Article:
Republican Federal Communications Commissioner Robert McDowell will slam his agency on Thursday for overrregulating industry through "a mind-numbing 3,695 pages of rules" that he says have piled up over decades and are often obsolete.
According to his prepared testimony, McDowell will recommend "a full and thorough review of every rule" at the FCC during a House Energy and Commerce hearing on Thursday, echoing calls from Republicans for major reform to the nation's top telecom regulator.
The Oversight subcommittee hearing will draw a panel of federal officials, who will describe how their agencies are fulfilling President Obama's directive this year that they regulate with care, considering the potential burdens of new rules and reviewing existing ones.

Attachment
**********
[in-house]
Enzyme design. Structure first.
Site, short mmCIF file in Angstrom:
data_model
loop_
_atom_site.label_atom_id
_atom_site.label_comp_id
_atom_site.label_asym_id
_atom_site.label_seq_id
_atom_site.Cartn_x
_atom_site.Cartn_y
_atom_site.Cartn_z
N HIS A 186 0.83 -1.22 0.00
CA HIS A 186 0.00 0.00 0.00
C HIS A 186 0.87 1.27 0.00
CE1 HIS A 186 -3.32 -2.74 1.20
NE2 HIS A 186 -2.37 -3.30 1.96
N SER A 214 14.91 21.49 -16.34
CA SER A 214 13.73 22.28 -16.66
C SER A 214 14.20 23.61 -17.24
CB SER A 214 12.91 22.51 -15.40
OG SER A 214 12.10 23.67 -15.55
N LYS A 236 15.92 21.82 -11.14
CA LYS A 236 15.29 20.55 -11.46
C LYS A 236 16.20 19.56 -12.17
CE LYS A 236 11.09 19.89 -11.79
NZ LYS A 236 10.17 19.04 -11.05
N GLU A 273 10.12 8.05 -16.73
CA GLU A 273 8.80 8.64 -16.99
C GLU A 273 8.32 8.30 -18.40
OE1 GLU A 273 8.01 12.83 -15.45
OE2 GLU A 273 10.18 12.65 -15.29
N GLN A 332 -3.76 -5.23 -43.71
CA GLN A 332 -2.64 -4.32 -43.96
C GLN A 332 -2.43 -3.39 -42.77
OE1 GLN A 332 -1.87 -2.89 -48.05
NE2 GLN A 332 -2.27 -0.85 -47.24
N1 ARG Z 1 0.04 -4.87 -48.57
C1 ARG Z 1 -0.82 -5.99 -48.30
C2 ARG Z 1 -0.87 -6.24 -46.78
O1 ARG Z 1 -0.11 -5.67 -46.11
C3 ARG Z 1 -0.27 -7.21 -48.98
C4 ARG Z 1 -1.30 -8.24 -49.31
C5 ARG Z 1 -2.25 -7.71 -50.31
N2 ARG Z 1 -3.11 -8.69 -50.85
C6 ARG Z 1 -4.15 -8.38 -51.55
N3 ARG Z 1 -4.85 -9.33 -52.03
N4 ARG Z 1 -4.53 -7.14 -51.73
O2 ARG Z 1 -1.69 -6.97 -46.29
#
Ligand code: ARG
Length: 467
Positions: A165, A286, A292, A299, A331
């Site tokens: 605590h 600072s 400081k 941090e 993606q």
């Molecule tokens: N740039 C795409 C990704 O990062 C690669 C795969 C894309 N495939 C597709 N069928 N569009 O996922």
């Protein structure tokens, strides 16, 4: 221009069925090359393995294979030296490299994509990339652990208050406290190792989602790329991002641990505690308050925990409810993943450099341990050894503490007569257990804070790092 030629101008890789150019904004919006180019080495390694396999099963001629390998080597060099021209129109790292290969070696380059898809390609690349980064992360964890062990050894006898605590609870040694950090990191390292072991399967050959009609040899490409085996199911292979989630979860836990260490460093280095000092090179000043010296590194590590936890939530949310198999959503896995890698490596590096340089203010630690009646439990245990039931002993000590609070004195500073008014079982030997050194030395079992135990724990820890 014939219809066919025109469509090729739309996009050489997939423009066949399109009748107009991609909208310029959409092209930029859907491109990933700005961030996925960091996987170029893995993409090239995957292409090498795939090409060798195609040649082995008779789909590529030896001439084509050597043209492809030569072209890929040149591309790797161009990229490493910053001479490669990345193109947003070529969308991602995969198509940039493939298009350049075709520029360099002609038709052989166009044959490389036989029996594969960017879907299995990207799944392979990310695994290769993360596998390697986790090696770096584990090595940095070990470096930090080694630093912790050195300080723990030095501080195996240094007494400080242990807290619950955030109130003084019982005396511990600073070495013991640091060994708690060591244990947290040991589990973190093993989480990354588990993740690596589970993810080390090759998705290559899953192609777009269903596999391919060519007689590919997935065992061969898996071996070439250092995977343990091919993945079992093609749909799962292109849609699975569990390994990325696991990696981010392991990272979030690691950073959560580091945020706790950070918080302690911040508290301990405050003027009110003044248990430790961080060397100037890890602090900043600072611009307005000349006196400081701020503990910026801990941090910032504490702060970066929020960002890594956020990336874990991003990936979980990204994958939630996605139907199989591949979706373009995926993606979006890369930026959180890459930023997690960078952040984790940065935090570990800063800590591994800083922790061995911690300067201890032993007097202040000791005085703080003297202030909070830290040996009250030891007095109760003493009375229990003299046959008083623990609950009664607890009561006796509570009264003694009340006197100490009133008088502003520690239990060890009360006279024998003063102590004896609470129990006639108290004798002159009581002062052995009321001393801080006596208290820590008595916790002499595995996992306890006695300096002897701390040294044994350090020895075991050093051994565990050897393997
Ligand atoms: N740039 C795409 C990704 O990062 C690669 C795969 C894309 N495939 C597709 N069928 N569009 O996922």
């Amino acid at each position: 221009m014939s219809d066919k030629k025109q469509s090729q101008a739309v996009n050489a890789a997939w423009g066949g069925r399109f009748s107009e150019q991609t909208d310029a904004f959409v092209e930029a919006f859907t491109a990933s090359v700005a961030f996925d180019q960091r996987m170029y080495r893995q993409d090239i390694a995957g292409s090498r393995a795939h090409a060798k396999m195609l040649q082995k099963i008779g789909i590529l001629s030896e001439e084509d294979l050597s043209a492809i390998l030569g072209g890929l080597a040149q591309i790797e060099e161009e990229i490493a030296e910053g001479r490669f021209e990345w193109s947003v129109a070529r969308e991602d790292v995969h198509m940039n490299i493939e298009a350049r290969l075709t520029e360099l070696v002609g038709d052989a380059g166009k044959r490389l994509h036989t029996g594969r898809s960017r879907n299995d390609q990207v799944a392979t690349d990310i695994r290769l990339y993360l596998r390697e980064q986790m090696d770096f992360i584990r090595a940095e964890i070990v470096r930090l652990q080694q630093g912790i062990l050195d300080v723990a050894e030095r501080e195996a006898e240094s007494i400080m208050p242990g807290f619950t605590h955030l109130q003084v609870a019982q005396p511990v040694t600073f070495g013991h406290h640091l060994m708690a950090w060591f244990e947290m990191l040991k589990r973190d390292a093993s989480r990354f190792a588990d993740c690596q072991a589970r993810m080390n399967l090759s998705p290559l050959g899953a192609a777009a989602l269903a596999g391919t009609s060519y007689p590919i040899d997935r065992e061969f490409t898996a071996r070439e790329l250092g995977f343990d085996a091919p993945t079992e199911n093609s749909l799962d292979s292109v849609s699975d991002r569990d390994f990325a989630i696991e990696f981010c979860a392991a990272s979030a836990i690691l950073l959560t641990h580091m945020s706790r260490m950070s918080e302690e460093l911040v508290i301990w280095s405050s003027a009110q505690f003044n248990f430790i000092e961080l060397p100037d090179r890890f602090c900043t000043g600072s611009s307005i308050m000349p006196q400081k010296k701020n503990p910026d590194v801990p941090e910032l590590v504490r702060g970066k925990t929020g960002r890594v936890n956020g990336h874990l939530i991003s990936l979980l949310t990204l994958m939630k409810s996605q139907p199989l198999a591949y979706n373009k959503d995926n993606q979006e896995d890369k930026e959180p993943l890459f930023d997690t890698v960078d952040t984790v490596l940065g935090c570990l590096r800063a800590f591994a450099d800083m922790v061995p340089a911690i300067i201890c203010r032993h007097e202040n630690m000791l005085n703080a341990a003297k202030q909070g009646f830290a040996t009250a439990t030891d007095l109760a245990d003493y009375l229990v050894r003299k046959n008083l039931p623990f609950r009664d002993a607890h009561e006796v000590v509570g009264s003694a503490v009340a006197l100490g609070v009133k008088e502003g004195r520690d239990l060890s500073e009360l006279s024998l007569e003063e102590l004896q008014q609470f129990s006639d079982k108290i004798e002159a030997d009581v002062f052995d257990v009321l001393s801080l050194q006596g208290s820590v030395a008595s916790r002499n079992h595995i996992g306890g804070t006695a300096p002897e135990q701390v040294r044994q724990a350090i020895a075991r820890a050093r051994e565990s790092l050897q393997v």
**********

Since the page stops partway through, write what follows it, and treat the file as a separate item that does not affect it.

McDowell will nominate the FCC's new net-neutrality rules for the chopping block, recommending that the agency nix the controversial Internet traffic regulations before they hit the books and and "cause uncertainty and unintended consequences in the marketplace." Congressional Republicans have made various efforts to do the same after the rules passed last year.
FCC Chairman Julius Genachowski circulated Obama's order to staff after it was issued in January along with an e-mail saying he supports the goals.
Genachowski has stressed the need to reduce barriers to broadband deployment, and has tried to ease some regulatory burdens such as the rates broadband companies pay to attach their technology to utility poles.
The subcommittee will also hear testimony from FTC Chairman Jon Leibowitz, among other agency officials.
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